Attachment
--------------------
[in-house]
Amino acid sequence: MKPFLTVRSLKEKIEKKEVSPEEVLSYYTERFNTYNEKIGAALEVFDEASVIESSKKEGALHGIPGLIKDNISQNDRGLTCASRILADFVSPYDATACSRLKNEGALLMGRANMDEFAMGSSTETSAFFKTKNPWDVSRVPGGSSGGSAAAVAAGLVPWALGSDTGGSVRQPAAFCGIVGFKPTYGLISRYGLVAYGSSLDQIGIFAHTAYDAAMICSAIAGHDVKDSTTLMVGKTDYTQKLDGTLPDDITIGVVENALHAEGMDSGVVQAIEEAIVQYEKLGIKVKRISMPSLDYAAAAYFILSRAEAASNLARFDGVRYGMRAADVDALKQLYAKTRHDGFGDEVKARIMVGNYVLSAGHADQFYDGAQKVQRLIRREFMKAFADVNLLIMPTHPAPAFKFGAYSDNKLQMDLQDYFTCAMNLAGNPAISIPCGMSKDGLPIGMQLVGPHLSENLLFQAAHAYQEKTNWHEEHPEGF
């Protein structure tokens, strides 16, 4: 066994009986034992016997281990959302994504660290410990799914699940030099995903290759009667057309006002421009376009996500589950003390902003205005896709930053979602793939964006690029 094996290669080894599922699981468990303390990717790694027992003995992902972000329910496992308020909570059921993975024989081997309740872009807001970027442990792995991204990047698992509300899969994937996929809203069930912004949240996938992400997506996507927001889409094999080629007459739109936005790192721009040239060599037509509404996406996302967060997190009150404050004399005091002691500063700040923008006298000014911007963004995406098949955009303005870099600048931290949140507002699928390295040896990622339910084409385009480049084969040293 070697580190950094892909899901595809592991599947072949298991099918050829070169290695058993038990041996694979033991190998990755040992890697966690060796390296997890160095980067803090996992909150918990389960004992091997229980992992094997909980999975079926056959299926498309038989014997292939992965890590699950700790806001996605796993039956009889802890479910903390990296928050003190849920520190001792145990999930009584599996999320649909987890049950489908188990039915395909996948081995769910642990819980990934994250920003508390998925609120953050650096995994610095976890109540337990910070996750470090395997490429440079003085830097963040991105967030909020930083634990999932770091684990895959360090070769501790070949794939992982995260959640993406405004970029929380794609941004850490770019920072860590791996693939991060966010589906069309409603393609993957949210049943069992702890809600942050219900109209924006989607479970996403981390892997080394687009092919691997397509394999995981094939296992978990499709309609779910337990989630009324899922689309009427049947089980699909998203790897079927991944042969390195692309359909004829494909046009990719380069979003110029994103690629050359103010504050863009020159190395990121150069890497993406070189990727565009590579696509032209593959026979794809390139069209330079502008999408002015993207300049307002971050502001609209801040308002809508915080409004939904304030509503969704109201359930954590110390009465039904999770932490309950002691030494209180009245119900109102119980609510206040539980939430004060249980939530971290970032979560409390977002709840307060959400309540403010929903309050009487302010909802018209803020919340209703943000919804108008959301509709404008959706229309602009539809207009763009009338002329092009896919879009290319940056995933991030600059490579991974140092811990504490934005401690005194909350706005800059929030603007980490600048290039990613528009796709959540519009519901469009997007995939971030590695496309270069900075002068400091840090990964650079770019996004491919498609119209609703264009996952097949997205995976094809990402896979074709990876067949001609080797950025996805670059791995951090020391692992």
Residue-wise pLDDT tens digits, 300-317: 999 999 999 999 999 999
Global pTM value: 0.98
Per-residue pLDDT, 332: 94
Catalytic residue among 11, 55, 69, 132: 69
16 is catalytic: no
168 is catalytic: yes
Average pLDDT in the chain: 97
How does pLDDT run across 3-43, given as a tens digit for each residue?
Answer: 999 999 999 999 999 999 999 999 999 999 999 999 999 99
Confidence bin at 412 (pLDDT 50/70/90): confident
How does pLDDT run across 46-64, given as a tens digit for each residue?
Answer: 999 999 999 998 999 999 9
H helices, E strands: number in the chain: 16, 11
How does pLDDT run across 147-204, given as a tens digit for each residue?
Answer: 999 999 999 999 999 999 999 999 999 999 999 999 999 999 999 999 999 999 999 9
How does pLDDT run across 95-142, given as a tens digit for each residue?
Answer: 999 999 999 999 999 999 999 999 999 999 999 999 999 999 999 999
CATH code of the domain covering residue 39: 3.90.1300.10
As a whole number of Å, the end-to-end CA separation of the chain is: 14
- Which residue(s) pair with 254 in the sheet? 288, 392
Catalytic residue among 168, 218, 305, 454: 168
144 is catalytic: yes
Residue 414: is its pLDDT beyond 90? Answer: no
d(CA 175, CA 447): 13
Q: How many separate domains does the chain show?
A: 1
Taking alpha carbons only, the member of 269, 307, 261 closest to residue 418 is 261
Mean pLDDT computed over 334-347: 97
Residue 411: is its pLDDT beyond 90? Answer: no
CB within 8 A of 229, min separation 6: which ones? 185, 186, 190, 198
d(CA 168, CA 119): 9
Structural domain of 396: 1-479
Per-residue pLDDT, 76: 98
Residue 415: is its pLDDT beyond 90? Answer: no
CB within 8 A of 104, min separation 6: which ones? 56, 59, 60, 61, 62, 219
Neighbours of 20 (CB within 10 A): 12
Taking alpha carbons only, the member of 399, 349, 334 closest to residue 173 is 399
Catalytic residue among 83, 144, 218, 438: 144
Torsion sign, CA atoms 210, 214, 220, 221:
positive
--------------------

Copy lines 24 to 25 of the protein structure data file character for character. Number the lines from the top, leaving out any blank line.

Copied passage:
Catalytic residue among 168, 218, 305, 454: 168
144 is catalytic: yes